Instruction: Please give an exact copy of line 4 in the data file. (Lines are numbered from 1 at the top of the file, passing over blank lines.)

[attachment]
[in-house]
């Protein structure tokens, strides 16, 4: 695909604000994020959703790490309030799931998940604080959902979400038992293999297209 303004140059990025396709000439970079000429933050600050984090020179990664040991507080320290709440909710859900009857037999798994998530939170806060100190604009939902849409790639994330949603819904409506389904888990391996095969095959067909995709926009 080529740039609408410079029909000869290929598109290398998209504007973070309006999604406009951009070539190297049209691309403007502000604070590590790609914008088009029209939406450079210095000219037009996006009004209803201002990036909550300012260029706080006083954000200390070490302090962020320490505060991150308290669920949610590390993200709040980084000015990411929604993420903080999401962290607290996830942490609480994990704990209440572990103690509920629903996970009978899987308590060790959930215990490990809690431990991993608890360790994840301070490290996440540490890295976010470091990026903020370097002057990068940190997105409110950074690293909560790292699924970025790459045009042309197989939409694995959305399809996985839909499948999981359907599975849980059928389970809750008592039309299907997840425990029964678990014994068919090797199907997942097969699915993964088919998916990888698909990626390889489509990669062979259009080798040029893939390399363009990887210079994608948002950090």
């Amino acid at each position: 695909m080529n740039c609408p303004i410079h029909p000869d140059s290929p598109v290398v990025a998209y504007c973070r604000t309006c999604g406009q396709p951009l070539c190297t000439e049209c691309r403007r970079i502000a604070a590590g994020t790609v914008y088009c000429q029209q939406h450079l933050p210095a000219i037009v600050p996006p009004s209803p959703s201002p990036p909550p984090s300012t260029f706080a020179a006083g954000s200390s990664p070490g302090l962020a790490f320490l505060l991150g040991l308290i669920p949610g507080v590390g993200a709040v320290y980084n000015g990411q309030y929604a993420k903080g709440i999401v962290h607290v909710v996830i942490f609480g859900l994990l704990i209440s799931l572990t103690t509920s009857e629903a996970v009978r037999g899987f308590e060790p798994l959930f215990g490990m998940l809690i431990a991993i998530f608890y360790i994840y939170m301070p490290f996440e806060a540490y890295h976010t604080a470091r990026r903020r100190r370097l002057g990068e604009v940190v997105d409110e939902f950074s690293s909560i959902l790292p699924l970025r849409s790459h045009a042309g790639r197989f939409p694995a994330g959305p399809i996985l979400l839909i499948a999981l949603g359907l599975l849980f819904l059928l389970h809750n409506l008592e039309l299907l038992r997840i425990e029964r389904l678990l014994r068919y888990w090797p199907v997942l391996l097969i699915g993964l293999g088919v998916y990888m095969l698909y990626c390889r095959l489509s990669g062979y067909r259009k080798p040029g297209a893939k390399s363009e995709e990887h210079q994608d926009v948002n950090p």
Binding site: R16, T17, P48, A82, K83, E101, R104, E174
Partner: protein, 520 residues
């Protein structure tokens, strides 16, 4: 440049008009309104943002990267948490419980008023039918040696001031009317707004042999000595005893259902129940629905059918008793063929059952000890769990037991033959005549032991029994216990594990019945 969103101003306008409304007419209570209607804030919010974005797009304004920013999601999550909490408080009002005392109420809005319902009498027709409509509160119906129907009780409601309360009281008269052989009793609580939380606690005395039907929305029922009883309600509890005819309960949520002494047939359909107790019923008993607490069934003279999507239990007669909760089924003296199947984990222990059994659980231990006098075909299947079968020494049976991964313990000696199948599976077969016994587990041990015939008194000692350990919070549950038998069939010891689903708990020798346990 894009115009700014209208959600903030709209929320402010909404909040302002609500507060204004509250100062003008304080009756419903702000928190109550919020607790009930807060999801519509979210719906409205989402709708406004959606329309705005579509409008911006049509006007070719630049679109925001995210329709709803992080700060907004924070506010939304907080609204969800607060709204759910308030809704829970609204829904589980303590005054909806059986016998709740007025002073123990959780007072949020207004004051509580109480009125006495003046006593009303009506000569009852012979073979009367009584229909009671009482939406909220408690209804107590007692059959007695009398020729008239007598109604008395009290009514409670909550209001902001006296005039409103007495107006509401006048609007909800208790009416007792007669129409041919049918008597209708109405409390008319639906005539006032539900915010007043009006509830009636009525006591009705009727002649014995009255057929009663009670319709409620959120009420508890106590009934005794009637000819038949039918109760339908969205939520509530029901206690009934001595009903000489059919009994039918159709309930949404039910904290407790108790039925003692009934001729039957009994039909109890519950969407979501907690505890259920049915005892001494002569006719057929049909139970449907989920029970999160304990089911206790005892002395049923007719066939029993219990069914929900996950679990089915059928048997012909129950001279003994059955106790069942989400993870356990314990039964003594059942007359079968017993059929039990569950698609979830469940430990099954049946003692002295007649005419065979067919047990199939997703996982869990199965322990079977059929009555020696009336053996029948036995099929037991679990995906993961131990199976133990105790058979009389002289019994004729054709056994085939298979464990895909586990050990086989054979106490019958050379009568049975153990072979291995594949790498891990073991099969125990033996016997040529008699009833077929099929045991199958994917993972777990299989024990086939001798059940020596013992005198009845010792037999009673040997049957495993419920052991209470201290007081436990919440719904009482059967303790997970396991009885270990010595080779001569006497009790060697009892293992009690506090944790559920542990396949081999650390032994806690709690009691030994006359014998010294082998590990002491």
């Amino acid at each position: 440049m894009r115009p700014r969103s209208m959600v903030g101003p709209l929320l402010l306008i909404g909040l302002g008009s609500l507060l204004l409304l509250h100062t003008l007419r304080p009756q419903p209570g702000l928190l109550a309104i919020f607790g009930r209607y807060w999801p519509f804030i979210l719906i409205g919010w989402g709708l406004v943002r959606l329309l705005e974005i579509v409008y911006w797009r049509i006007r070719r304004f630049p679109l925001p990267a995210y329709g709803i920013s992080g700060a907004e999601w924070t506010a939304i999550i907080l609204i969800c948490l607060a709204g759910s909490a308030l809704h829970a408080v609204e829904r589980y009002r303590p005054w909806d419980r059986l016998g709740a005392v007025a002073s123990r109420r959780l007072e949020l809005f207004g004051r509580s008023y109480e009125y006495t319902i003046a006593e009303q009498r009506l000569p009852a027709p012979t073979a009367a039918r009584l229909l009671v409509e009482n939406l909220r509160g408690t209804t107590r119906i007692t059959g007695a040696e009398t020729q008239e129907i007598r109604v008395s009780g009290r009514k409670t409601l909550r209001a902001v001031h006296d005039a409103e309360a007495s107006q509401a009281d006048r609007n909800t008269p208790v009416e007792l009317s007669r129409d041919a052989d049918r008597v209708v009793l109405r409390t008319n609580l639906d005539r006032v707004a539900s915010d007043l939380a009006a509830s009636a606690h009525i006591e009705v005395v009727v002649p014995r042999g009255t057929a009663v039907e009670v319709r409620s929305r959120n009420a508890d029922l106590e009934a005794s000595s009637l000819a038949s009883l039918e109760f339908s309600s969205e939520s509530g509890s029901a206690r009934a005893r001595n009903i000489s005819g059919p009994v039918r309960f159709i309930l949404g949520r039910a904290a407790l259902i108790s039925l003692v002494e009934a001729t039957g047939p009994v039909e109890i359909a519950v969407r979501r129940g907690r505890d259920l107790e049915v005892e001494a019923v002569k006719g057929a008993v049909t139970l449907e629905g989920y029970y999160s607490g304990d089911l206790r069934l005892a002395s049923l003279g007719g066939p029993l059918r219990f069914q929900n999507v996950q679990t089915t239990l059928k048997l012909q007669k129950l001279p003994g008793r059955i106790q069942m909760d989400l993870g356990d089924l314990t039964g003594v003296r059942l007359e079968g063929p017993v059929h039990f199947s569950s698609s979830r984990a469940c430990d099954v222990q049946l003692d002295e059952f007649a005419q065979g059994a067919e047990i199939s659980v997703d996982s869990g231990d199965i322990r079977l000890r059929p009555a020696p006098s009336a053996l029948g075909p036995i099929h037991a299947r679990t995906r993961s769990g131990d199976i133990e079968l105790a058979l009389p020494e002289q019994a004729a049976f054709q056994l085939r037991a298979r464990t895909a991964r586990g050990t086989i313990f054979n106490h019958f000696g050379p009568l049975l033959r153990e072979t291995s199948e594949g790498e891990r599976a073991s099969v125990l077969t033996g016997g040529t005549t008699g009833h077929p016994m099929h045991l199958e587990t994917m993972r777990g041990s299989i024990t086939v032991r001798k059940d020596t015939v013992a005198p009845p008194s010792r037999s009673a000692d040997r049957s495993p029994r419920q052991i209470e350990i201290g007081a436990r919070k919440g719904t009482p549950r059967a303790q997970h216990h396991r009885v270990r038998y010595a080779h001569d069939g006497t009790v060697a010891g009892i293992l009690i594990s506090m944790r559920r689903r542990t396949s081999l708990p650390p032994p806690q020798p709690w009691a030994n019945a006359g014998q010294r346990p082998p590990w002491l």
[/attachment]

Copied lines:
Binding site: R16, T17, P48, A82, K83, E101, R104, E174